Does the State Courts System have a program for sign language interpreters?
Currently, the State Courts System does not have a testing program for sign language interpreters. The Florida courts do comply with the standards set forth in the Americans with Disabilities Act of 1990. That is, Florida provides qualified sign language interpreters when appropriate and necessary in order to ensure effective communication with persons with disabilities. In the absence of a State testing program, a court committee developed guidelines for the use of sign language interpreters in the court setting. These guidelines are also available on our websight.
Additionally, interpreters may wish to obtain training and/or national certification through the Registry of Interpreters for the Deaf, Inc.(RID). Visit the RID's website for more information.
Are interpreters who pass the State Courts System’s test certified?
There is currently no statewide certification program for court interpreters, and interpreters should not claim that they are “certified” by the State of Florida, the Supreme Court of Florida, or the State Courts System.
Other certification programs for court interpreters exist in the federal courts and some state courts systems. The United States Administrative Office of the Courts (USAOC) certifies Spanish court interpreters through a testing program administered by the National Center for State Courts. The USAOC has also certified Haitian Creole and Navajo court interpreters and will develop exams in other languages. More information about the federal certification program can be found at their web site: www.cps.ca.gov/fcice-spanish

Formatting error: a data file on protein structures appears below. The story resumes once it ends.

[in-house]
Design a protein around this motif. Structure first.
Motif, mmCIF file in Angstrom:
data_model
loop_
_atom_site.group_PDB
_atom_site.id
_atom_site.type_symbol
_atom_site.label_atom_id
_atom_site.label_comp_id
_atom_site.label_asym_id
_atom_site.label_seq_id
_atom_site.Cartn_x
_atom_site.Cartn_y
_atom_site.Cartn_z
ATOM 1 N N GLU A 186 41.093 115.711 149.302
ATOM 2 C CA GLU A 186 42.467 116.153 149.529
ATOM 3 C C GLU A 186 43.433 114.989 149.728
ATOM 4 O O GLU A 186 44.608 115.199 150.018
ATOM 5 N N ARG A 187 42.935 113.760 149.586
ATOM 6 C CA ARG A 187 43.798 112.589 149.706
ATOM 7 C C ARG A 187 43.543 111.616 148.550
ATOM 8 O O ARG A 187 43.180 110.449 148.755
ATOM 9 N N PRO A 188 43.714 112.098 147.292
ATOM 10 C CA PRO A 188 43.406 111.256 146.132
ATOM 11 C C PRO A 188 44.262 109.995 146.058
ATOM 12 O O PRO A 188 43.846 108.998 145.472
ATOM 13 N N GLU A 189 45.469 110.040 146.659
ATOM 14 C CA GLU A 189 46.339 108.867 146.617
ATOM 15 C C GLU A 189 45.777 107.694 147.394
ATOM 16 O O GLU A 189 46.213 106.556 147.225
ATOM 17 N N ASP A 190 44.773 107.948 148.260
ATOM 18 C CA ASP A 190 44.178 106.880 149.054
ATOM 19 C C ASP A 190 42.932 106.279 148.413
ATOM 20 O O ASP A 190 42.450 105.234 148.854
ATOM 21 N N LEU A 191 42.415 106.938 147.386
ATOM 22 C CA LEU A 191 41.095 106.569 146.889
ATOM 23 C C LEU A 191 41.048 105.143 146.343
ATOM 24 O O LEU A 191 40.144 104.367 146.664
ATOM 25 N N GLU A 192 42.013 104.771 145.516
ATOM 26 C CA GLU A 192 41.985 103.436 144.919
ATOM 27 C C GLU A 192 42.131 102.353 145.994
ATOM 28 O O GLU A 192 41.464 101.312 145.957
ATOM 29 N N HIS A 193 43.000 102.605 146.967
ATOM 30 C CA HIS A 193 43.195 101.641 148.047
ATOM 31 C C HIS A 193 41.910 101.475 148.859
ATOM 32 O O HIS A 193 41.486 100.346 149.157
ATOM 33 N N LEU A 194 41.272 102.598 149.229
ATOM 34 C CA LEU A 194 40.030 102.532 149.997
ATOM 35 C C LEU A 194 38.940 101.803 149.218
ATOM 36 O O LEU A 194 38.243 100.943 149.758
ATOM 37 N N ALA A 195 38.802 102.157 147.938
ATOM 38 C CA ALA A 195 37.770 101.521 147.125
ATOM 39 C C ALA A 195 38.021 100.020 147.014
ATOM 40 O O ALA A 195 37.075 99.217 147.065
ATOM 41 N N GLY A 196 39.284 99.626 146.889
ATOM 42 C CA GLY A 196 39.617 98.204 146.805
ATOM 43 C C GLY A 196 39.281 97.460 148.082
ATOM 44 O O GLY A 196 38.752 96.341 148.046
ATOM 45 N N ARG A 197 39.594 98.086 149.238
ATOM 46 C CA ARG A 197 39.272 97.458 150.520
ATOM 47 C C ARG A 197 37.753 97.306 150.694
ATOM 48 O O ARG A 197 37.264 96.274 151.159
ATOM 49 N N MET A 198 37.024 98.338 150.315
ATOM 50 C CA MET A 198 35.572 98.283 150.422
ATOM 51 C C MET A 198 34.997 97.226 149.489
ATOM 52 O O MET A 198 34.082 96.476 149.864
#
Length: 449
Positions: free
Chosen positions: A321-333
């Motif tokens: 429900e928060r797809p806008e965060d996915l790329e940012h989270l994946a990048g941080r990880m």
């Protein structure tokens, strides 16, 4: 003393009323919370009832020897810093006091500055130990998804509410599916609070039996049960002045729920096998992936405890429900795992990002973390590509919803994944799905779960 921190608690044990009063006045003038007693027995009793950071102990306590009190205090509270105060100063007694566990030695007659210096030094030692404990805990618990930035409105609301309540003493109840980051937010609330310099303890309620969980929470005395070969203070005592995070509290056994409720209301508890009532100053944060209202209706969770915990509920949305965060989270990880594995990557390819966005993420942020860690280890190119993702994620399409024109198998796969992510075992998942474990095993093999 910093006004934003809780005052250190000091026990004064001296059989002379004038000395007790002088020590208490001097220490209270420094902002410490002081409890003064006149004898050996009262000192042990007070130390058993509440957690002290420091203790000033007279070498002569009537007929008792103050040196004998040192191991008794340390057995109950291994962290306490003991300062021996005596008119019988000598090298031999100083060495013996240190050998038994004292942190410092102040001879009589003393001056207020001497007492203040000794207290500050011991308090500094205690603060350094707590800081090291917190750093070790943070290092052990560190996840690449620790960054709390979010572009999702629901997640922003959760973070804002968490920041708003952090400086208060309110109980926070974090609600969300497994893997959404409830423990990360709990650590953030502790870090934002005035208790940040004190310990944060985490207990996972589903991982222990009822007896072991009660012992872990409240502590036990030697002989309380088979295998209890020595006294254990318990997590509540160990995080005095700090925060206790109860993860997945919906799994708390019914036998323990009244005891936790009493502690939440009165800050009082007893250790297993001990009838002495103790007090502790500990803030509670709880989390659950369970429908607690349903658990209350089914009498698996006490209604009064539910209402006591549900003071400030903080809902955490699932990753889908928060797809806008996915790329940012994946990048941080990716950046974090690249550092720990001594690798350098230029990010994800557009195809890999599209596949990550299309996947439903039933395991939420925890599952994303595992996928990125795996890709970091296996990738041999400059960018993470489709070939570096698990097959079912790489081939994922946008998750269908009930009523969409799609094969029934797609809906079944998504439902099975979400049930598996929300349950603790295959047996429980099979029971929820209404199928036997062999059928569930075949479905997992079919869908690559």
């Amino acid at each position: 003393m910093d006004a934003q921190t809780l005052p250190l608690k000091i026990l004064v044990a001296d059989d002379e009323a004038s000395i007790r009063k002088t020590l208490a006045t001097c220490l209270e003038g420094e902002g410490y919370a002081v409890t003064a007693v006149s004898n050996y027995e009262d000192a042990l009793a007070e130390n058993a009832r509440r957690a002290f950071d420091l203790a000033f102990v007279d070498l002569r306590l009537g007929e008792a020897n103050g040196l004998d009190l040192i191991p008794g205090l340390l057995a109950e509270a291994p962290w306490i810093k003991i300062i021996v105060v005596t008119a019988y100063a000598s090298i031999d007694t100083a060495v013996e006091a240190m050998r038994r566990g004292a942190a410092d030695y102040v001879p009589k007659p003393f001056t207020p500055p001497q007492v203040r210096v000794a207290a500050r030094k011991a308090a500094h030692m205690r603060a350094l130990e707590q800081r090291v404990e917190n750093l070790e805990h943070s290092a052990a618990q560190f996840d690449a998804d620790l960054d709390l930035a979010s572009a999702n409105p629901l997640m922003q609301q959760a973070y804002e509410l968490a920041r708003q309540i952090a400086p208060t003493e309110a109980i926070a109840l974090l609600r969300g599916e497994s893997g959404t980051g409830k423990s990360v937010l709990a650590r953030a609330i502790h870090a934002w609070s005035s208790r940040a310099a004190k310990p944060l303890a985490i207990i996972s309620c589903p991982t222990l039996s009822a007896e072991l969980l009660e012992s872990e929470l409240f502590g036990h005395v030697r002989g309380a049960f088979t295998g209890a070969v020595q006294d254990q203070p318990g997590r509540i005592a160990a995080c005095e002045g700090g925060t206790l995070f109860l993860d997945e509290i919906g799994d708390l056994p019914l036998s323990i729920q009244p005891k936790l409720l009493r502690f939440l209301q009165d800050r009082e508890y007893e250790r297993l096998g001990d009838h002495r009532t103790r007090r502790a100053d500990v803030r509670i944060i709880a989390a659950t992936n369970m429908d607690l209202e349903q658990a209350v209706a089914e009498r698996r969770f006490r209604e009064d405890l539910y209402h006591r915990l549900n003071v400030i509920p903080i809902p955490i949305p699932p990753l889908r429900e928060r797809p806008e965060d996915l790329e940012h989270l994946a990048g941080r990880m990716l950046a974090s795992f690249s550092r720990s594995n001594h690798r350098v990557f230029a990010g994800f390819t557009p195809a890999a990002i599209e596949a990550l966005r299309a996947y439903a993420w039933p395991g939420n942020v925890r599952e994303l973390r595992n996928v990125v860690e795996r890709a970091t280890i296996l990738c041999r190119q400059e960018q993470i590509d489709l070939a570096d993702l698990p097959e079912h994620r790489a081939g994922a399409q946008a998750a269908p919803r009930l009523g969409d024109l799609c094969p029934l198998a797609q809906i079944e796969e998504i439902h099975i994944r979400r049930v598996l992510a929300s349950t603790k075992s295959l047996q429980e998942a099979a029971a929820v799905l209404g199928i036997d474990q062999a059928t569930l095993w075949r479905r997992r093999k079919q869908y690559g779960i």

In the absence of a state program, the Eleventh Judicial Circuit of Florida developed its own certification program for Spanish and Haitian Creole interpreters, including a written test, an oral mock trial examination, ethics code, and continuing education. Some other judicial circuits have instituted various testing devices and have local requirements that interpreters must meet. In order to discover what your local judicial circuit’s requirements are, you should call the court administrator’s office and inquire.
In the future, a certification program may be fully developed for the State Courts System of Florida. A passing score on the written and oral qualifications examination will be part of the certification requirements, and candidates will not be asked to re-take the tests. Certification requirements will also include attendance at an orientation session, an oath to uphold the code of professional responsibility, a background check, and continuing education. Candidates who are federally certified will not have to take the oral qualifications examination, but will be subject to the other certification requirements.
How were the Consortium’s qualifications examinations developed and where did they come from?
The Consortium’s qualifications examinations are developed by language and interpreting experts, as coordinated by the staff of the NCSC. The procedures employed by the NCSC to ensure rigorous and valid test construction are documented on the NCSC web site (currently www.ncsconline.org) and are quoted below: